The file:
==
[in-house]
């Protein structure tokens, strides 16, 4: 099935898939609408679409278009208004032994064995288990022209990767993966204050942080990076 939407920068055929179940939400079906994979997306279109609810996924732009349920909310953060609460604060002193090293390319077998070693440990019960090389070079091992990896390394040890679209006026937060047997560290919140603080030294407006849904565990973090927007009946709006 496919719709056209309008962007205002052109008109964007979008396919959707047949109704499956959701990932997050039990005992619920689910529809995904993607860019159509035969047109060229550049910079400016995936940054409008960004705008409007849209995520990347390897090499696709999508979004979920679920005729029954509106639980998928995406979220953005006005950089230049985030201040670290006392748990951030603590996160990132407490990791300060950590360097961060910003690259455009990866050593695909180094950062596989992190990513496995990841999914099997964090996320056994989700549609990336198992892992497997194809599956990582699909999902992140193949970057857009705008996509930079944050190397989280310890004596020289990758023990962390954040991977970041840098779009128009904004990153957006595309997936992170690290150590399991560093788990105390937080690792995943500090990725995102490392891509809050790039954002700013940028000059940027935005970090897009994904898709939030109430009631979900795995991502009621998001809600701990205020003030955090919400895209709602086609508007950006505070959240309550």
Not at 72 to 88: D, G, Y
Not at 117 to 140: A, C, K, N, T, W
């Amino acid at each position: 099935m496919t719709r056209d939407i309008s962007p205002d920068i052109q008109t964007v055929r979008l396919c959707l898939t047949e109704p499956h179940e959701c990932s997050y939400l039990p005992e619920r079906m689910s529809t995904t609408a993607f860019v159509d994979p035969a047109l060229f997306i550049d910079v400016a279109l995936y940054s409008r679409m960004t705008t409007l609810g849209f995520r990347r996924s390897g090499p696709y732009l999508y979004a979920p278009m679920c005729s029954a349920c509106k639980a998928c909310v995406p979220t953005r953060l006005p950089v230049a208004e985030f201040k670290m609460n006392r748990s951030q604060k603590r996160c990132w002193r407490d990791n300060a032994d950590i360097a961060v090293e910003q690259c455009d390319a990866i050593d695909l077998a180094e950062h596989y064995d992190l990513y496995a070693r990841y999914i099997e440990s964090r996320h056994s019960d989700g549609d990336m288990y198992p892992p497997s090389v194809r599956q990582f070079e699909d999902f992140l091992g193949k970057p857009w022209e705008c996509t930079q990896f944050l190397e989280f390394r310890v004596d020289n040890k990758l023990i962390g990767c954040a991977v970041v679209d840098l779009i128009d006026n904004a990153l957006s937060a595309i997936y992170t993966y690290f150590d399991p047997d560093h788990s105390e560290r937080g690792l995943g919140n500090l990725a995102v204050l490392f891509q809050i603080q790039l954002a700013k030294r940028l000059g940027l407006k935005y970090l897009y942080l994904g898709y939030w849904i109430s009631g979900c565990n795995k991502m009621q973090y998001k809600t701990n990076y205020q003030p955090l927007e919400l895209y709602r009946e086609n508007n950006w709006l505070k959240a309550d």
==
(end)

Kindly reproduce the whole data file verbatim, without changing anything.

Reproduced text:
[in-house]
């Protein structure tokens, strides 16, 4: 099935898939609408679409278009208004032994064995288990022209990767993966204050942080990076 939407920068055929179940939400079906994979997306279109609810996924732009349920909310953060609460604060002193090293390319077998070693440990019960090389070079091992990896390394040890679209006026937060047997560290919140603080030294407006849904565990973090927007009946709006 496919719709056209309008962007205002052109008109964007979008396919959707047949109704499956959701990932997050039990005992619920689910529809995904993607860019159509035969047109060229550049910079400016995936940054409008960004705008409007849209995520990347390897090499696709999508979004979920679920005729029954509106639980998928995406979220953005006005950089230049985030201040670290006392748990951030603590996160990132407490990791300060950590360097961060910003690259455009990866050593695909180094950062596989992190990513496995990841999914099997964090996320056994989700549609990336198992892992497997194809599956990582699909999902992140193949970057857009705008996509930079944050190397989280310890004596020289990758023990962390954040991977970041840098779009128009904004990153957006595309997936992170690290150590399991560093788990105390937080690792995943500090990725995102490392891509809050790039954002700013940028000059940027935005970090897009994904898709939030109430009631979900795995991502009621998001809600701990205020003030955090919400895209709602086609508007950006505070959240309550």
Not at 72 to 88: D, G, Y
Not at 117 to 140: A, C, K, N, T, W
């Amino acid at each position: 099935m496919t719709r056209d939407i309008s962007p205002d920068i052109q008109t964007v055929r979008l396919c959707l898939t047949e109704p499956h179940e959701c990932s997050y939400l039990p005992e619920r079906m689910s529809t995904t609408a993607f860019v159509d994979p035969a047109l060229f997306i550049d910079v400016a279109l995936y940054s409008r679409m960004t705008t409007l609810g849209f995520r990347r996924s390897g090499p696709y732009l999508y979004a979920p278009m679920c005729s029954a349920c509106k639980a998928c909310v995406p979220t953005r953060l006005p950089v230049a208004e985030f201040k670290m609460n006392r748990s951030q604060k603590r996160c990132w002193r407490d990791n300060a032994d950590i360097a961060v090293e910003q690259c455009d390319a990866i050593d695909l077998a180094e950062h596989y064995d992190l990513y496995a070693r990841y999914i099997e440990s964090r996320h056994s019960d989700g549609d990336m288990y198992p892992p497997s090389v194809r599956q990582f070079e699909d999902f992140l091992g193949k970057p857009w022209e705008c996509t930079q990896f944050l190397e989280f390394r310890v004596d020289n040890k990758l023990i962390g990767c954040a991977v970041v679209d840098l779009i128009d006026n904004a990153l957006s937060a595309i997936y992170t993966y690290f150590d399991p047997d560093h788990s105390e560290r937080g690792l995943g919140n500090l990725a995102v204050l490392f891509q809050i603080q790039l954002a700013k030294r940028l000059g940027l407006k935005y970090l897009y942080l994904g898709y939030w849904i109430s009631g979900c565990n795995k991502m009621q973090y998001k809600t701990n990076y205020q003030p955090l927007e919400l895209y709602r009946e086609n508007n950006w709006l505070k959240a309550d």